You and I
Author's note: Dedication
I see your eyes everywhere I go, a pair of... Show full author's note »
I see your eyes everywhere I go, a pair of... Show full author's note »
YouIt wasn’t until halfway through first period that I was introduced to the other class–there was in all actuality one single large class. However, the class was divided into two separate ones, including the “higher functioning” and the “lower functioning.” When I was working with Braden I’d been in the “higher functioning” one. These words tasted sick on my tongue; the words that claimed one student to be essentially “more” or “less” capable than another. Yes, I realized that some students were clearly more functional than others, but each was an individual with different needs. Maybe I was judging inappropriately, or perhaps my feelings were directed by my distaste for labels. I knew the effects of labels all too well: Nerd. Geek. Loser. Labels hurt–whether or not they served a purpose, such as in designating teaching methods for students.
After drilling Braden to write his name several times, Mrs. McGuire had said, “Casey, you have helped us, especially Braden, plenty today. Why don’t you visit the other room and see if they need some assistance?”
“Of course,” I’d answered. Turning to Braden, I’d said, “You did great, Braden! I’ll see you tomorrow, okay?”
“Bye!” he’d exclaimed, and I’d nearly tripped over my chair at his response. A cacophony of sound had then filled the room as the students around me shouted their good-byes and asked that I see them the next day. I’d felt a smile tug at my lips playfully as I nodded at my new friends.
The “lower functioning” classroom had several students as well, though not nearly as many as the other class. Several students were standing over a series of desks that had been pushed together to form a huge rectangular table. No one was looking at me; the students seemed to be absorbed by something on the table. As I quietly stepped forward, I found my eyes meeting a huge puzzle with palm-sized pieces, which seemed to be forming a series of colourful dinosaurs.
One boy, in particular, seemed to be enjoying the game as he shoved in one piece after another with anticipation of the finished product. I moved closer to get a better look and caught sight of his face. The boy had a small head with tiny ears and blue eyes that slanted upwards behind round glasses, which I saw him push up the bridge of his flat nose. I struggled mentally to place his features–I’d seen them before. Although I had quite little knowledge about disorders and disabilities, I knew this one. I recognized Down syndrome.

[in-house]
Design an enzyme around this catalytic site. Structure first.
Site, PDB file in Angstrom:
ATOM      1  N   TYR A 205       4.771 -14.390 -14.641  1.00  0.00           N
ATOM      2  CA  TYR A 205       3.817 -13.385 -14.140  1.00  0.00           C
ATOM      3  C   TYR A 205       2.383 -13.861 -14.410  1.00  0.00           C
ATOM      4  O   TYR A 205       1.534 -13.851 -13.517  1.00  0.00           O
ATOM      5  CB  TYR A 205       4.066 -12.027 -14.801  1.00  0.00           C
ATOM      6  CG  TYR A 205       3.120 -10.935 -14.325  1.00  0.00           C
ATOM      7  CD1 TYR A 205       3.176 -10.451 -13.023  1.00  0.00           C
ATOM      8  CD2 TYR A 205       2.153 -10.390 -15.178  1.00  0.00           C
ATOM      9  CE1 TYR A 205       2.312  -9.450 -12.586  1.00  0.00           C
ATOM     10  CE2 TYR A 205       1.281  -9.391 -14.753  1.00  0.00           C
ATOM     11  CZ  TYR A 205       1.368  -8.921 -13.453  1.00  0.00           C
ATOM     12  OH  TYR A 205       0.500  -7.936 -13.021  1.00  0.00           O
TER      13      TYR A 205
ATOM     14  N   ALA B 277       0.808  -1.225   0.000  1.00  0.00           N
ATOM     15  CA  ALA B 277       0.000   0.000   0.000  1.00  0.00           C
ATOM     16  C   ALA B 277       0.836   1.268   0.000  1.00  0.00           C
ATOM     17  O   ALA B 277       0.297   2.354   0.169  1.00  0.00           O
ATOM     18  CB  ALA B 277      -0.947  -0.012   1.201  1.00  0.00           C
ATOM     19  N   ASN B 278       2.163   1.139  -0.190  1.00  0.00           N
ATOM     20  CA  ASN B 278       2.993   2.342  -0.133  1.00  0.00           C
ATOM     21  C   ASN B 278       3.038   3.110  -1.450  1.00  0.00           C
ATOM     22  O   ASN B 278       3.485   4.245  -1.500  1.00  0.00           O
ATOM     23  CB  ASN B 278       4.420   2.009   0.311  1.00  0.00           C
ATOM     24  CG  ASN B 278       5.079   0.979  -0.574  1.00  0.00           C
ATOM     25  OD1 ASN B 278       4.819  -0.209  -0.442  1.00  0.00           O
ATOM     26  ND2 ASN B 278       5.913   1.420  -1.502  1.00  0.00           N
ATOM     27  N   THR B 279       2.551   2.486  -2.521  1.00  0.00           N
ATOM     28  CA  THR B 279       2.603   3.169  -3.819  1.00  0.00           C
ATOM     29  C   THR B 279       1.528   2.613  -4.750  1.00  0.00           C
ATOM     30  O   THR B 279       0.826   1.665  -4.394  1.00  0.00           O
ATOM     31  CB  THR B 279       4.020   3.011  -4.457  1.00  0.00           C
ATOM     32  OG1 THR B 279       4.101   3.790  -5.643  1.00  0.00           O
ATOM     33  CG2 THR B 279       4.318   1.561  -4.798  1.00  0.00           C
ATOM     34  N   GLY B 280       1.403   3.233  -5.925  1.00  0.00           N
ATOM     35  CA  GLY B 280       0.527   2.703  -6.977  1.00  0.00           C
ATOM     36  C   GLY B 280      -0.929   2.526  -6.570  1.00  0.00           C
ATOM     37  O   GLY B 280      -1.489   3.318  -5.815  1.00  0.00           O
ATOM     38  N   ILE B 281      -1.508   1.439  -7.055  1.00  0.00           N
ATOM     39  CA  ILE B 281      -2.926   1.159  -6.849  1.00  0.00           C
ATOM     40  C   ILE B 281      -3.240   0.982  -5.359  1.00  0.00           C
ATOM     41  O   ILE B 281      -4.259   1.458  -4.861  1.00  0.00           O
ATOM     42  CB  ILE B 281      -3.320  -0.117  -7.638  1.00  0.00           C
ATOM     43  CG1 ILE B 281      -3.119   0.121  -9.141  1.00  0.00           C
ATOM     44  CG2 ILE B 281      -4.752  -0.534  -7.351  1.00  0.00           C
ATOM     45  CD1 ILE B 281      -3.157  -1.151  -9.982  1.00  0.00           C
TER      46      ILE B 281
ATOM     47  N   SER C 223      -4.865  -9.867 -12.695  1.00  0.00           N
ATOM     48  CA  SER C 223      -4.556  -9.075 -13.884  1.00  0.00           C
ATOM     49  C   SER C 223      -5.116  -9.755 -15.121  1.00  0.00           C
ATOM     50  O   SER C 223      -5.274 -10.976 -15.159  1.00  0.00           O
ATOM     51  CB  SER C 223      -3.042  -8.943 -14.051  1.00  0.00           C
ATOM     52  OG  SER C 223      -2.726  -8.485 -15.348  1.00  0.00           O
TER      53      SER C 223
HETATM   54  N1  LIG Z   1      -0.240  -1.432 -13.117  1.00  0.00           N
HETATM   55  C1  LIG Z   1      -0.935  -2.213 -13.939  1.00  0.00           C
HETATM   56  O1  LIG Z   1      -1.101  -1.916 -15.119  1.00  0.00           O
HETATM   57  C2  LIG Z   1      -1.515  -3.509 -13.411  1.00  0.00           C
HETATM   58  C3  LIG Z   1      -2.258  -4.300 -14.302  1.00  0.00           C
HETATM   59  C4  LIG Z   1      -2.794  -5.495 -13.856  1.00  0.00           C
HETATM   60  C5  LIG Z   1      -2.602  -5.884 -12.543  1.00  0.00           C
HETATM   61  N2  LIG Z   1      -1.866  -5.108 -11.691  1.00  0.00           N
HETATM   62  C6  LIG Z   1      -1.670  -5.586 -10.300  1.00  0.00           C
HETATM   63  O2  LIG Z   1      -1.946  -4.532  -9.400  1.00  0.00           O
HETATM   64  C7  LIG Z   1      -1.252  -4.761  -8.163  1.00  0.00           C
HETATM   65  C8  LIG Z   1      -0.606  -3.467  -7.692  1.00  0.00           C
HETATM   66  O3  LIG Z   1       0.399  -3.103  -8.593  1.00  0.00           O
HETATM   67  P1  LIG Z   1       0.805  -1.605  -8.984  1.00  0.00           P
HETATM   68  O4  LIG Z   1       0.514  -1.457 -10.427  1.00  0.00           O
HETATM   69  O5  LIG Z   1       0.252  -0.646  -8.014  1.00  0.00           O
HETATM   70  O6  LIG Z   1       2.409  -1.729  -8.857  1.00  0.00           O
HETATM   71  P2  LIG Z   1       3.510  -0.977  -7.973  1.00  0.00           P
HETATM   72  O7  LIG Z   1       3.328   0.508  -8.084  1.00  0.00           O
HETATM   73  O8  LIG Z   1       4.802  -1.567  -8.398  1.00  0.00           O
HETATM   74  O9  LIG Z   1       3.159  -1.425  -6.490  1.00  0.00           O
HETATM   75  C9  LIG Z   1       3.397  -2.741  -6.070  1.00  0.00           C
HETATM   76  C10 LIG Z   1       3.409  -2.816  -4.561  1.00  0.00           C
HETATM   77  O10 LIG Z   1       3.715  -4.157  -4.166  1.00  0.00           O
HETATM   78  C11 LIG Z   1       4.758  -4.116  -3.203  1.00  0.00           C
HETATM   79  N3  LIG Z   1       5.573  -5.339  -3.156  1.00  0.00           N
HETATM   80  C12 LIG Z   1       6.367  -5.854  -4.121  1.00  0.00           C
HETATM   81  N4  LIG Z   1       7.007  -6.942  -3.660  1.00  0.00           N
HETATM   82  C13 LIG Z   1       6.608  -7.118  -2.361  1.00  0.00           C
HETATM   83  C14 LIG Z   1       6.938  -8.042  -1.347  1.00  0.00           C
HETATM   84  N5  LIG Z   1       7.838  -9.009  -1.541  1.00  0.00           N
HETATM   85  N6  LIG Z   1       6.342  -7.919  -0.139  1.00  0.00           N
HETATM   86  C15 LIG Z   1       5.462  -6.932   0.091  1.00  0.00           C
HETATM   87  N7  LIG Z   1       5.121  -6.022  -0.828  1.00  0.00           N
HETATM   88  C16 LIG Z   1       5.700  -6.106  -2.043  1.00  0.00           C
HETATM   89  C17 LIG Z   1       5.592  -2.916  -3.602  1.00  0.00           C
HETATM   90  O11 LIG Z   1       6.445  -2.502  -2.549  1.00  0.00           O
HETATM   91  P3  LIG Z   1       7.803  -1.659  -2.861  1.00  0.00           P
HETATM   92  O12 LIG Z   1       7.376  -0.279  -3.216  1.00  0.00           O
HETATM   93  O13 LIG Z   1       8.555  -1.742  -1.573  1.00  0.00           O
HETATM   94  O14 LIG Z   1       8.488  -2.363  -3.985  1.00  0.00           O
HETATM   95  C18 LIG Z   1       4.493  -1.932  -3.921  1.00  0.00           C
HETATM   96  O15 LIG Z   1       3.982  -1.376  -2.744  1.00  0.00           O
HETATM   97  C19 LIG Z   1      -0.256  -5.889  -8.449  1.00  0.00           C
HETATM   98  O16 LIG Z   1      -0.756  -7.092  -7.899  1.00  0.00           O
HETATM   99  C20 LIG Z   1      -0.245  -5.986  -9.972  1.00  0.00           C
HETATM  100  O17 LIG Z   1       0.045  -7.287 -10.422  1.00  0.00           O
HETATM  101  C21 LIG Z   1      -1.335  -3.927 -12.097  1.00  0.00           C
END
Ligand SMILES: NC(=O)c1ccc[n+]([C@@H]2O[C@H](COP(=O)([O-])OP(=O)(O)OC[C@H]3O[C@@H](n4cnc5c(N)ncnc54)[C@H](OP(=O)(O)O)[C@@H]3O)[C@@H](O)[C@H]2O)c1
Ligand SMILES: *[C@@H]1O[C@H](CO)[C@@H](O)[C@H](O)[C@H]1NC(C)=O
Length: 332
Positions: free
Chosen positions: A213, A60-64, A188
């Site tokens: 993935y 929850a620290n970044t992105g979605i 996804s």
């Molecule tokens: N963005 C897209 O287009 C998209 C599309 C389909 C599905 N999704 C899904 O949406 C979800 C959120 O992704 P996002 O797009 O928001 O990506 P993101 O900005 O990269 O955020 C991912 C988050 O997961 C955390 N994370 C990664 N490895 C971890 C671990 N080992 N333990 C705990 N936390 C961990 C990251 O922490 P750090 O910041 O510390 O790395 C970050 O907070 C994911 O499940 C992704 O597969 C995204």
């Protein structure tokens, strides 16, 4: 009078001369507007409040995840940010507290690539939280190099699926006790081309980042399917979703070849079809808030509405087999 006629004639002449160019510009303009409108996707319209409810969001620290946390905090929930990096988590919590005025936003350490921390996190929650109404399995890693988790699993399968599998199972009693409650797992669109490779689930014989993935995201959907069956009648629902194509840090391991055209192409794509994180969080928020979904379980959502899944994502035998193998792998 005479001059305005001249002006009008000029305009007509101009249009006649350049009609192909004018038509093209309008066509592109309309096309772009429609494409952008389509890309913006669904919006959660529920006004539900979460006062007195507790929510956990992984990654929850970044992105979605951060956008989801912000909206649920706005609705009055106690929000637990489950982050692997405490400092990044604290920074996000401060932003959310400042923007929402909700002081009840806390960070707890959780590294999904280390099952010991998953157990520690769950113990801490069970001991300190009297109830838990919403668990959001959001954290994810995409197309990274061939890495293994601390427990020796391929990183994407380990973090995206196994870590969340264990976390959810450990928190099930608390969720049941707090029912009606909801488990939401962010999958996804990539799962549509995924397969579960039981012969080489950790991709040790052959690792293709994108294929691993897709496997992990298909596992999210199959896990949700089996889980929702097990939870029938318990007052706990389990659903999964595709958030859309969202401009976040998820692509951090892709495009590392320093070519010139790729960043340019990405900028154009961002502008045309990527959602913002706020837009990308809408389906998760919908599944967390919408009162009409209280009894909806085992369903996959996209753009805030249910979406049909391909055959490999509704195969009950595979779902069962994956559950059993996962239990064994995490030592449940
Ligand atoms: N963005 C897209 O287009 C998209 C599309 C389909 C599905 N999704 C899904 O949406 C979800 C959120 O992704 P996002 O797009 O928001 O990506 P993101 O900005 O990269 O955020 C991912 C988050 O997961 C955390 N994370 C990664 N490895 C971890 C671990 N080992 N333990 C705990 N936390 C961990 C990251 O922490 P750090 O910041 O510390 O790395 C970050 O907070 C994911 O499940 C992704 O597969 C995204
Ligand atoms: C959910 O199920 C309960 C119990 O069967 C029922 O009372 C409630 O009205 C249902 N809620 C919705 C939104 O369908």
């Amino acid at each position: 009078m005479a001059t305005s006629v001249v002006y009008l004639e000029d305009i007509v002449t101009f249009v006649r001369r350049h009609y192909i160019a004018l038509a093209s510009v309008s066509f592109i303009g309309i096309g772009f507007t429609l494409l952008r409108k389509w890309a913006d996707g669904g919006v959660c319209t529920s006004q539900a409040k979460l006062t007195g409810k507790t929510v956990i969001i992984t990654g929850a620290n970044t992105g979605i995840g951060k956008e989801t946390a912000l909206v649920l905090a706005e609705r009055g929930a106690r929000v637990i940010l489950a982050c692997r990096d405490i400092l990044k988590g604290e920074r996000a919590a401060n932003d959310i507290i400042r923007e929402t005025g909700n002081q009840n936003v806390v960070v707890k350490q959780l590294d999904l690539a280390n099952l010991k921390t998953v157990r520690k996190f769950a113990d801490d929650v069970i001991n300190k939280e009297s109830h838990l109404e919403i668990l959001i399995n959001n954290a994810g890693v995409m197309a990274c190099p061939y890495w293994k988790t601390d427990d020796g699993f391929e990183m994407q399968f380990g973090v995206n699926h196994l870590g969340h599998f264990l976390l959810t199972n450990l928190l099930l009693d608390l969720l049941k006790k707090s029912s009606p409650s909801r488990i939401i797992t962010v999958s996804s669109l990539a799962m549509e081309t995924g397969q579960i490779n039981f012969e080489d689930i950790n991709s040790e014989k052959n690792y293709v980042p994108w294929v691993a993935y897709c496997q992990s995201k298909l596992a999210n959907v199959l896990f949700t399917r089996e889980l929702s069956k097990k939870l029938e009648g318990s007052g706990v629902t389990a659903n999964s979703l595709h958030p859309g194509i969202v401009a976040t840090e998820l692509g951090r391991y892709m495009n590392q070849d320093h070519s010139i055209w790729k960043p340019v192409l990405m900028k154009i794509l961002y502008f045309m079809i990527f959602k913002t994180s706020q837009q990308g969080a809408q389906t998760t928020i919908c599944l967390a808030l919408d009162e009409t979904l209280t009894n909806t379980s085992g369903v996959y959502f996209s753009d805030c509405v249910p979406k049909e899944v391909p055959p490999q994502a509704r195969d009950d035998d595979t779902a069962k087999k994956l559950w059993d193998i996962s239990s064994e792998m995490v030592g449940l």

“Kyle, Jasmine, Travis! That looks amazing!” Mrs. Grave’s voice exploded from behind me.
“Done!” Kyle, the boy with Down syndrome, exclaimed as he pumped his fist into the air with exultation.
A girl beside me, nearly half my height, tugged on my shirt. “Look! Look! We did.” She pointed at herself frantically, slapping her chest with pride.
“Yes, it’s very good.” I smiled back at her, and she leaned against me, her small and fragile frame nestled close. Stunned, I looked down at her brown eyes and did the only thing I could: I wrapped my arm around her.
“Jasmine–me,” the girl mouthed. She had black hair and a small, delicate round face. I immediately noticed that she wore large heavy supports around her legs. Sucking in a silent breath, I forced myself to smile. I couldn’t even begin to fathom the pain and hardships this girl endured ever day of her waking life. Lost in thought, I hardly noticed the other girl who suddenly at my side.
“Hey, Casey, right?” the girl asked politely. I recognized her right away. Her name was Kathleen; I’d met her last year when the CLP Peer Supporters had had the chance to meet one another.
“Yeah, so you’re my partner?” I inquired, my voice quiet and shy. God, I was bad at introductions.
“Yes. I’ve been working in here while you were with the others . . . You want to see something awesome?” She looked at me expectantly behind her glasses with big blue eyes. Kathleen wore her shoulder length brown hair in a high ponytail and she was about my height, only super thin. I didn’t know her very well yet, but she seemed kind-hearted.